Ever see this activity? Write it down and file it online to help the horseshoe crab thrive
Horseshoe crabs' blood can detect bacteria and it is under threat in South Florida by habitat loss, red tide, and pollution so scientists are asking beachgoers to help.
It's easy to see what horseshoe crabs are often busy doing on South Florida shorelines, but less apparent is that the ubiquitous creature saves an untold number of lives every year.
In its blood is a substance that scientists use to ensure medical equipment and medicines are free from illness-causing bacteria. It is the most sensitive bacteria-indicating substance ever discovered, and also the most expensive liquid on the planet with a gallon selling for as much as $60,000.
Harvesting horseshoe crabs for their blood, coupled with polluted coastal waters, habitat loss, fishing, warming seas, and red tide blooms, is putting the species at such peril that the International Union for the Conservation of Nature has put the creatures on its vulnerable list.
"Horseshoe crabs are extremely important ecologically. They play a significant role in the ecosystem," said Armando Ubeda, a scientist with Florida Sea Grant. "Since we don’t know how the population in Florida are doing that’s the reason we want to inventory them because they are an important component of the ecosystem and they are extremely valuable for society."
The Florida Fish and Wildlife Conservation Commission is one of several state and federal agencies working to keep the horseshoe crab from moving any closer to a listing for protections under the American Endangered Species Act.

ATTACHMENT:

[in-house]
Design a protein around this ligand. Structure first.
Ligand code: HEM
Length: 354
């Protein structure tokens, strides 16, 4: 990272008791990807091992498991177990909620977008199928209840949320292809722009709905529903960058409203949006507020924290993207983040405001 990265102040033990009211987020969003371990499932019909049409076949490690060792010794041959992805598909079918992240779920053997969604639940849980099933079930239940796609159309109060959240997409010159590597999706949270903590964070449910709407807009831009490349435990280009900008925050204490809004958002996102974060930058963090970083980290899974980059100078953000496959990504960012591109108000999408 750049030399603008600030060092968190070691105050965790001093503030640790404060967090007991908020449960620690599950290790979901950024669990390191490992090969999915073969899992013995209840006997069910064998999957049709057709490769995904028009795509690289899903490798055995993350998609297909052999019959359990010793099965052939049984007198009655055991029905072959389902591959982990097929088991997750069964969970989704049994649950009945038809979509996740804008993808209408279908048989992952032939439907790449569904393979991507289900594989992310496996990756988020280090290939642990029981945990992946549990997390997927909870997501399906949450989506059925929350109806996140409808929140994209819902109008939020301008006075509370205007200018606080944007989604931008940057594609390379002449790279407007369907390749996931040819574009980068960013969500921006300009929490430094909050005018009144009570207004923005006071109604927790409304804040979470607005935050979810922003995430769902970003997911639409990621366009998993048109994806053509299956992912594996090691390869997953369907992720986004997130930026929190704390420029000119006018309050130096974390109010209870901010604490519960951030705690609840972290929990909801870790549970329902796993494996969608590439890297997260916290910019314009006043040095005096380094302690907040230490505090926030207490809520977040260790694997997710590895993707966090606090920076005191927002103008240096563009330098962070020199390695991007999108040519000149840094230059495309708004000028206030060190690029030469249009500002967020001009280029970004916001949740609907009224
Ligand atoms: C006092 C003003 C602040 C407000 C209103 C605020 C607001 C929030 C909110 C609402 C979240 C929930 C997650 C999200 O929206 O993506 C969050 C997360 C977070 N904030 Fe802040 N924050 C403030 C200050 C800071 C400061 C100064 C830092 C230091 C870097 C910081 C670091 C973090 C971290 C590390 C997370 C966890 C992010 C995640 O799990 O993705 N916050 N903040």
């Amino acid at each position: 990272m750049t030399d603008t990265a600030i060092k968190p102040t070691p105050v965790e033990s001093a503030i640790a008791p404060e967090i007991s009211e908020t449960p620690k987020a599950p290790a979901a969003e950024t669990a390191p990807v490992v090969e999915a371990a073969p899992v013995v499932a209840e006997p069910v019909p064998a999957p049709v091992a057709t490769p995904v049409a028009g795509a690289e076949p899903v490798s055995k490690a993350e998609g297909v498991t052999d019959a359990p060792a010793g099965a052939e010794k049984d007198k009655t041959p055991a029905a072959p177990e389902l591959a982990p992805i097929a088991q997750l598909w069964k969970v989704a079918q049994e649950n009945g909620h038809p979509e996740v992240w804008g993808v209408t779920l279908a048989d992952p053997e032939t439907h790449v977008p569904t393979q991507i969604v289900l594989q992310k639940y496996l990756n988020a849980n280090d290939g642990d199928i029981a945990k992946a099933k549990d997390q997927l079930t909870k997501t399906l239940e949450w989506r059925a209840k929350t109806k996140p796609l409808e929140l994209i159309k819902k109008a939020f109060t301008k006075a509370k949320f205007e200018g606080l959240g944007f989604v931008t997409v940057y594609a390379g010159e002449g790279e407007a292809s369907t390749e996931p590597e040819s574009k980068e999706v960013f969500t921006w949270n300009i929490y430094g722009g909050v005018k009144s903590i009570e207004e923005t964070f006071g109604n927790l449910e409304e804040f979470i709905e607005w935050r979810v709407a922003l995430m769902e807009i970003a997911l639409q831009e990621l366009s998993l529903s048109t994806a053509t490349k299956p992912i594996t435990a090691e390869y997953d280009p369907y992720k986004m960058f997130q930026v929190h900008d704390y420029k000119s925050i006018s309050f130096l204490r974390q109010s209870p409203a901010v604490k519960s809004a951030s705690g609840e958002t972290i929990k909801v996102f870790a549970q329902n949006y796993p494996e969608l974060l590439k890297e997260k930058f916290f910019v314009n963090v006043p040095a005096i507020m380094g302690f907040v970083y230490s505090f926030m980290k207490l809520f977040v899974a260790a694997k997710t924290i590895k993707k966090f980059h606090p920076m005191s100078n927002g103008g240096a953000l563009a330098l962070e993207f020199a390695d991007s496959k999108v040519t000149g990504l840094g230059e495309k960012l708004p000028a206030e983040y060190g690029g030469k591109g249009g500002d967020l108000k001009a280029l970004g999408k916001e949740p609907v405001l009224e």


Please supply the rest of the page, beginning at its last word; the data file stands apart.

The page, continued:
Reports from beachgoers is one of the main ways the commission is gathering information about the South Florida population of the horseshoe crab, which is actually related to spiders, scorpions, and mites rather than shellfish.
Everyday folks reporting horseshoe crab sightings at an online survey provides valuable information to the FWC about their habitat use, population distribution and environmental conditions for nesting.
Horseshoe crabs have seen dinosaurs rise and fall as the species has existed more than 450 million years, yet scientists are still learning about Florida’s populations.
The Florida Horseshoe Crab Watch Program is tapping beachgoers willing to carry a notepad and pencil to help biologists learn more. That includes where the crabs are found, how many are around, and what they’re doing, which is quite often mating.
The amount of information the volunteers collect about the ancient creatures, which is reported online, is far more than scientists can gather alone.
Environmental reporting for WGCU is funded in part by VoLo Foundation, a non-profit with a mission to accelerate change and global impact by supporting science-based climate solutions, enhancing education, and improving health.
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